HED:Mind-body connection



HED:Mind-body connection


By M. Scott Morris

Daily Journal

People with eating disorders are well versed in deception.

A girl with anorexia nervosa becomes highly skilled at cutting and dicing food on her plate while managing to eat next to nothing.

Someone with bulimia nervosa fills herself up at the table then excuses herself for a visit to the bathroom where she induces herself to vomit.

A person with binge eating disorder waits until no one else is around before he consumes large amounts of food that leave him bloated and uncomfortable.

“They’re such secretive illnesses. They can go on for years before being discovered,” said Sally West, counselor in the adolescent unit at North Mississippi Medical Center’s Behavioral Health Center.

The longer an eating disorder is kept secret, the more chance a person has of developing serious health problems that, if left untreated, could result in death.

“We’ve seen kids as young as 12 years old who’ve had heart damage (from malnutrition resulting from anorexia),” said Holly Wroten, educational therapist in the Behavioral Health Center’s adolescent unit. “They’re hurting their bodies.”


According to the National Institute of Mental Health, approximately 1 percent of adolescent girls develop anorexia nervosa, which generally begins around the time of puberty, though adults are certainly not immune.

“Starvation is what it looks like sometimes,” said Joyce Cole, clinical psychologist with the Behavioral Health Center. “They tend not to recognize the seriousness of the disorder.”

Anorexia usually starts as a diet. The person loses some weight and enjoys the compliments, but a downward spiral can begin.

“The message even from an early age is thin is the way to go,” Cole said.

For people with anorexia, there seems to be no such thing as too thin. In an ironic twist, they tend to hide their thinness with bulky, layered clothing.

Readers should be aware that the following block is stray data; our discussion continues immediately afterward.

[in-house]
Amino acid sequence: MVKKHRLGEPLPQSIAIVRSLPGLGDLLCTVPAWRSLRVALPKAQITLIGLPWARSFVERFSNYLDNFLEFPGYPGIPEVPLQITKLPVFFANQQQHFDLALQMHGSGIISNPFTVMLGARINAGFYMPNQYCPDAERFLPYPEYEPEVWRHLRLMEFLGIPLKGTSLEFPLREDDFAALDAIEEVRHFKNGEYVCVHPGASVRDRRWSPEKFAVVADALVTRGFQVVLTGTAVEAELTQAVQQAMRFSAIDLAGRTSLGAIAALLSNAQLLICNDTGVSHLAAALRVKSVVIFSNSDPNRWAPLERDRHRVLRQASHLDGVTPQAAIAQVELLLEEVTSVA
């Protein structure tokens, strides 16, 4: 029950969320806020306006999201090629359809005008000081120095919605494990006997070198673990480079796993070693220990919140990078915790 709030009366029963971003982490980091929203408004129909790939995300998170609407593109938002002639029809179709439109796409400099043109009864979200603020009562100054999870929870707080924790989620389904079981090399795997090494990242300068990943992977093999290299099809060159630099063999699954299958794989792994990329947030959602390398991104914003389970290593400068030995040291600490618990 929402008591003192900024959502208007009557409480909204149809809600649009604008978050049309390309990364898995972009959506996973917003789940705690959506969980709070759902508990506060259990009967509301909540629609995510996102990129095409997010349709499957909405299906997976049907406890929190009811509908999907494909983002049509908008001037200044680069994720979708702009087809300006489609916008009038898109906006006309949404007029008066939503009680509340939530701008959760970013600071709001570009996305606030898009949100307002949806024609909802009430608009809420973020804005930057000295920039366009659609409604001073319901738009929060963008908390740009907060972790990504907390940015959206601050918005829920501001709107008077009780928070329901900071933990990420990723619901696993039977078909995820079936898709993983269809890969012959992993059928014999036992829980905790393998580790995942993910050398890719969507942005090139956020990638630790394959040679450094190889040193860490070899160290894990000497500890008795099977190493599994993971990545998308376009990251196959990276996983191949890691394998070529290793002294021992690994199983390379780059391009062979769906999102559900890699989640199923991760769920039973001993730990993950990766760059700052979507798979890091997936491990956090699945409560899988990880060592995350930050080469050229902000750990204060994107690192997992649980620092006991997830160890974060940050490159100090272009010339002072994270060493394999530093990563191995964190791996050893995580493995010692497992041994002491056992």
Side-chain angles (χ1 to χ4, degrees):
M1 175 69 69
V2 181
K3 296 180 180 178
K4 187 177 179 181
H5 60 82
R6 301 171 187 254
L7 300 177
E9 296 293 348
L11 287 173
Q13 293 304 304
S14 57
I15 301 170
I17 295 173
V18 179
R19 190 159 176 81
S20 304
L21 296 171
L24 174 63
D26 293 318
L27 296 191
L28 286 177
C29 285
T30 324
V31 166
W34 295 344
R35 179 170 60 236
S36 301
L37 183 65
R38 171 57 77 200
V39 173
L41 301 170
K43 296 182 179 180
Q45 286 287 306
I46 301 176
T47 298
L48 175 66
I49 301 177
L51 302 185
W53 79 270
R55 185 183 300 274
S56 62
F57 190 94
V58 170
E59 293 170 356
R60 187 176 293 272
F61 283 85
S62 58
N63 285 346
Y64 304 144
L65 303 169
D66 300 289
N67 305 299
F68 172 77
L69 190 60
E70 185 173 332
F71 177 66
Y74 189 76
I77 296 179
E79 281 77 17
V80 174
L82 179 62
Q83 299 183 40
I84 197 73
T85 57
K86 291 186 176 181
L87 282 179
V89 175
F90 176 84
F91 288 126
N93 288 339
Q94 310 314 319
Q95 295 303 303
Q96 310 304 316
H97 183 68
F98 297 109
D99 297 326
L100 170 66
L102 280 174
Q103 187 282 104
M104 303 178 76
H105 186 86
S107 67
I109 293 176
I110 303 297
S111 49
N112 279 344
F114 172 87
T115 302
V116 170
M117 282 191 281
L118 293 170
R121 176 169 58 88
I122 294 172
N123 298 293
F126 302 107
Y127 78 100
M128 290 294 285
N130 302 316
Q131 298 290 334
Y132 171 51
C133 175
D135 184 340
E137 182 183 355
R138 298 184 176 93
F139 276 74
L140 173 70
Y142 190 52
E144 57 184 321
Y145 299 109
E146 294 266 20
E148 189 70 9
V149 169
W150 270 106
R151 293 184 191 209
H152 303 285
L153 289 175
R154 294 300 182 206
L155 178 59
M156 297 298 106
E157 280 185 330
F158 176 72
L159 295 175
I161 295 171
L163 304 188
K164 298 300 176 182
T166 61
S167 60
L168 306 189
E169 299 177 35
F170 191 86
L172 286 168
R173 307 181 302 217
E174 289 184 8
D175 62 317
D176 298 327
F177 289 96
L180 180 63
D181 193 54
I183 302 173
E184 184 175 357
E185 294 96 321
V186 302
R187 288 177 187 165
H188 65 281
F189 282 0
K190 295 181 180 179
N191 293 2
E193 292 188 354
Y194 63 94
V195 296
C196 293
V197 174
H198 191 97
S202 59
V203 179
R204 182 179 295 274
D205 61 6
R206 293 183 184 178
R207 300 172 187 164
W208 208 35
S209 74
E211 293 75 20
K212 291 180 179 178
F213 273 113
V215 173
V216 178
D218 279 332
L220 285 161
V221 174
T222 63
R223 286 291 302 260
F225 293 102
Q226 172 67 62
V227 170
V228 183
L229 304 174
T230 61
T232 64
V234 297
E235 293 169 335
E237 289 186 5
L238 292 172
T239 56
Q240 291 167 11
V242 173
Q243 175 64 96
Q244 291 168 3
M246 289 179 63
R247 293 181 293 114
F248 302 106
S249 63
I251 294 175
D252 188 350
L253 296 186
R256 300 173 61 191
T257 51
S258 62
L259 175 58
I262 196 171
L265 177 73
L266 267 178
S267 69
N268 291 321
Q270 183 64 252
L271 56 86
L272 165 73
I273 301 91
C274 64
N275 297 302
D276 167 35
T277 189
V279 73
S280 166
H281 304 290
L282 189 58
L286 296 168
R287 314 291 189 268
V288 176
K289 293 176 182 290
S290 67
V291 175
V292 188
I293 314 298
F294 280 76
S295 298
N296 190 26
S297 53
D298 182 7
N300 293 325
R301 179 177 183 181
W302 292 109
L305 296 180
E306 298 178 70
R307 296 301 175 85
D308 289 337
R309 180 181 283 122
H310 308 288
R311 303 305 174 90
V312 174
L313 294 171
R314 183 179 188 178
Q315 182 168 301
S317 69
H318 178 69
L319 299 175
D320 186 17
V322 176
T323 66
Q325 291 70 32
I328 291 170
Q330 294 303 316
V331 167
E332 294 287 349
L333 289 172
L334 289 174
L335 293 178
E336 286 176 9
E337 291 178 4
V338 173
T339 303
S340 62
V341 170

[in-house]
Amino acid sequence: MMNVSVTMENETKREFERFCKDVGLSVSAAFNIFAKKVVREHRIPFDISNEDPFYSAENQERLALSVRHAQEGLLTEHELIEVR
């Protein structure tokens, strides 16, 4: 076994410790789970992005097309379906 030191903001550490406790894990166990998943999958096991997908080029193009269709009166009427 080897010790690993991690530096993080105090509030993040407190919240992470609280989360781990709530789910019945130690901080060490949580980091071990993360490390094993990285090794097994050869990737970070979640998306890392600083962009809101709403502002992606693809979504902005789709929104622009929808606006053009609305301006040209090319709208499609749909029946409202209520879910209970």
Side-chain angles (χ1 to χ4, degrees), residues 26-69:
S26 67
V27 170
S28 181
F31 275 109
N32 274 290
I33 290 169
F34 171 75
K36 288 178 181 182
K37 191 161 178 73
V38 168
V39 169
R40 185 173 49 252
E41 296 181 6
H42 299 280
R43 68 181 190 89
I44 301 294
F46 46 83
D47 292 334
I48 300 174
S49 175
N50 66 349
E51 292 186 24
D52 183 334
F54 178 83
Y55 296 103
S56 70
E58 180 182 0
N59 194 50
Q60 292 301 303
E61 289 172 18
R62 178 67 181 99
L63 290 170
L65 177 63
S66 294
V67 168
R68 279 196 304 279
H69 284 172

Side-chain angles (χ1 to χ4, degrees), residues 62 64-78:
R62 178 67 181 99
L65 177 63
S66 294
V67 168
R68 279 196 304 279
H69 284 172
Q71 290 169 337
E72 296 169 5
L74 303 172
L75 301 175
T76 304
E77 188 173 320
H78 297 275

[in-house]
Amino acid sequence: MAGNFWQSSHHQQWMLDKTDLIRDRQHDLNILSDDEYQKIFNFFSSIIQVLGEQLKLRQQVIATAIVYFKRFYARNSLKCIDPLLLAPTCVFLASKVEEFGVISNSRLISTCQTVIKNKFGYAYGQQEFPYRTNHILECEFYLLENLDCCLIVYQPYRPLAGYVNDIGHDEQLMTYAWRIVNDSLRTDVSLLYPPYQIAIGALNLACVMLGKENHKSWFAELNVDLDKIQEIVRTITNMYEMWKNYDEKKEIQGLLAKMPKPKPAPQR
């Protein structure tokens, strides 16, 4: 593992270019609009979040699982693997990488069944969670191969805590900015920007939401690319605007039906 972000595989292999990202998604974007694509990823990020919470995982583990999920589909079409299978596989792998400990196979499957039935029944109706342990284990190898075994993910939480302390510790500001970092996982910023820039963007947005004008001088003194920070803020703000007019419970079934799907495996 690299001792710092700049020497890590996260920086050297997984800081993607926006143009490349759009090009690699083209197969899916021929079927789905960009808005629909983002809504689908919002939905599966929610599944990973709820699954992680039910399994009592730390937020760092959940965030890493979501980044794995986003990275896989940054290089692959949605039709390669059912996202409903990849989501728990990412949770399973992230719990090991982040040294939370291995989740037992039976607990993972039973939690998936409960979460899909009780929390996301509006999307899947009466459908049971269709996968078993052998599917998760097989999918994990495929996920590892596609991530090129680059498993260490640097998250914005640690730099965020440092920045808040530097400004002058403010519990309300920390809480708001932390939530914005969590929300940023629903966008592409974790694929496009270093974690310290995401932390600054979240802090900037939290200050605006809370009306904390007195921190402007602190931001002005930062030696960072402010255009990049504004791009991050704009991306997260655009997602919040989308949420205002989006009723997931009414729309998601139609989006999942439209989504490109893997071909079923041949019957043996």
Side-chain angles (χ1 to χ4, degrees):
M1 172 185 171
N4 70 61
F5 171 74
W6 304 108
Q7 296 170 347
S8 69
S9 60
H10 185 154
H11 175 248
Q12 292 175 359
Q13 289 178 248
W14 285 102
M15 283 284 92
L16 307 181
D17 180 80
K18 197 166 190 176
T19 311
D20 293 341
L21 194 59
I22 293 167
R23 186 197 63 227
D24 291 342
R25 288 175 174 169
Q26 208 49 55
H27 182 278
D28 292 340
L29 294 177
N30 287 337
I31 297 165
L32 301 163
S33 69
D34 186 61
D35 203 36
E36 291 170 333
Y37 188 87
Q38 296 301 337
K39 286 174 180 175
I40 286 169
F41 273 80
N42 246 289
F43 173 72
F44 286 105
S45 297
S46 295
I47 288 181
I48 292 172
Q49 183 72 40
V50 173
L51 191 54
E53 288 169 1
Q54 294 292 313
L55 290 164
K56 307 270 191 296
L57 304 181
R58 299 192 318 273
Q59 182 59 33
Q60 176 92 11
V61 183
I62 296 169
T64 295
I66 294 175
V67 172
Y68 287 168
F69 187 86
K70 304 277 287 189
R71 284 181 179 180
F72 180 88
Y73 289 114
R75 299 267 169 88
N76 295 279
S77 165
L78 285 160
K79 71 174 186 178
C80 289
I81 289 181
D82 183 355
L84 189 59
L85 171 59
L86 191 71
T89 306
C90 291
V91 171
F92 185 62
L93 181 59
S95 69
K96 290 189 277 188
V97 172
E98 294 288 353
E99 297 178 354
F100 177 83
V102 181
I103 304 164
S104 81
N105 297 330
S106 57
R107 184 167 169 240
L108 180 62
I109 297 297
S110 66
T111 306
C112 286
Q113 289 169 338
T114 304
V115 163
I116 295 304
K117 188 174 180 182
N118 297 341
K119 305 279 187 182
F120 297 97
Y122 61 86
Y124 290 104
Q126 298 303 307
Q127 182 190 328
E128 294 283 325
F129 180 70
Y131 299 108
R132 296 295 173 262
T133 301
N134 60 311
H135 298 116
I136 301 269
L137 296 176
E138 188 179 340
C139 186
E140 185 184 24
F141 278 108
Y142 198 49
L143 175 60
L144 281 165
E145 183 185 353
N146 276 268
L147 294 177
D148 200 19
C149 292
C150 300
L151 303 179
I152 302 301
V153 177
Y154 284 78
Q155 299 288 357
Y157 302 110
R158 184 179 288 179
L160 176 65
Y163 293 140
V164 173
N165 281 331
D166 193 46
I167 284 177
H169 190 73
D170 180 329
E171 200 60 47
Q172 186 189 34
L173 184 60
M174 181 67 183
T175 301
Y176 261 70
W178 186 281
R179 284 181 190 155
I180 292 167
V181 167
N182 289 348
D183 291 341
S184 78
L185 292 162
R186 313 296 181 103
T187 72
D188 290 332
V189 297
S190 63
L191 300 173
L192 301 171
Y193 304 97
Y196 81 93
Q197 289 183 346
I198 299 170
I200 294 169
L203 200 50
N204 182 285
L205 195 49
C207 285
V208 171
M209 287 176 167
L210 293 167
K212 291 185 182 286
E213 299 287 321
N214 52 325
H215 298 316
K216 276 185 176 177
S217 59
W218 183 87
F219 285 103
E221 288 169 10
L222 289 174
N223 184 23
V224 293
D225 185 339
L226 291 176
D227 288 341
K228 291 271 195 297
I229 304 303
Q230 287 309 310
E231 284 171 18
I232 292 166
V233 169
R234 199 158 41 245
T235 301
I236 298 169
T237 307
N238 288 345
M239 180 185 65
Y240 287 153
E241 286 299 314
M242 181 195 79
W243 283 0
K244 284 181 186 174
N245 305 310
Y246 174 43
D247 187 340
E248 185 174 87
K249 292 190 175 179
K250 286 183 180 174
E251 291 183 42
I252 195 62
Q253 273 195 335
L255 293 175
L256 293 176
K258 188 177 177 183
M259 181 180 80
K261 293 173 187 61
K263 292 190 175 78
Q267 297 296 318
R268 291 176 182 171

“We’ve had them in (the Behavioral Health Center) at 65 pounds and still wanting to weigh 45 pounds,” West said.

The weight loss comes at a cost, including heart problems, dementia, infertility, shrinking of internal organs and electrolyte imbalance.

“A lot of them end up in the emergency room after passing out at school,” West said. “It can take a crisis for people to realize there’s a problem.”


Bulimics don’t necessarily resemble starved super models. They can even be a bit overweight. The National Institute of Mental Health estimates the illness affects 2 to 3 percent of young women.

The process of binge eating and purging is a way to cope with emotional issues, Wroten said.

“Bulimia is a feelings disorder,” she said. “They say, ‘My life feels so out of control,’ and they binge. Once they get rid of the food, for a while, it makes them feel better.”

Wroten said it is common for someone with bulimia to abuse alcohol and other drugs. Bulimia is regularly diagnosed in patients who are seeking treatment for drug abuse.

“We notice that after they eat, they go straight to the bathroom,” Wroten said. “That’s how you spot them.”

Bulimia causes many of the same health problems as anorexia. The illness also causes tooth and gum damage, esophageal and digestive tract problems, distended abdomen and callused fingers caused by using fingers to trip the gag reflex.

Binge eating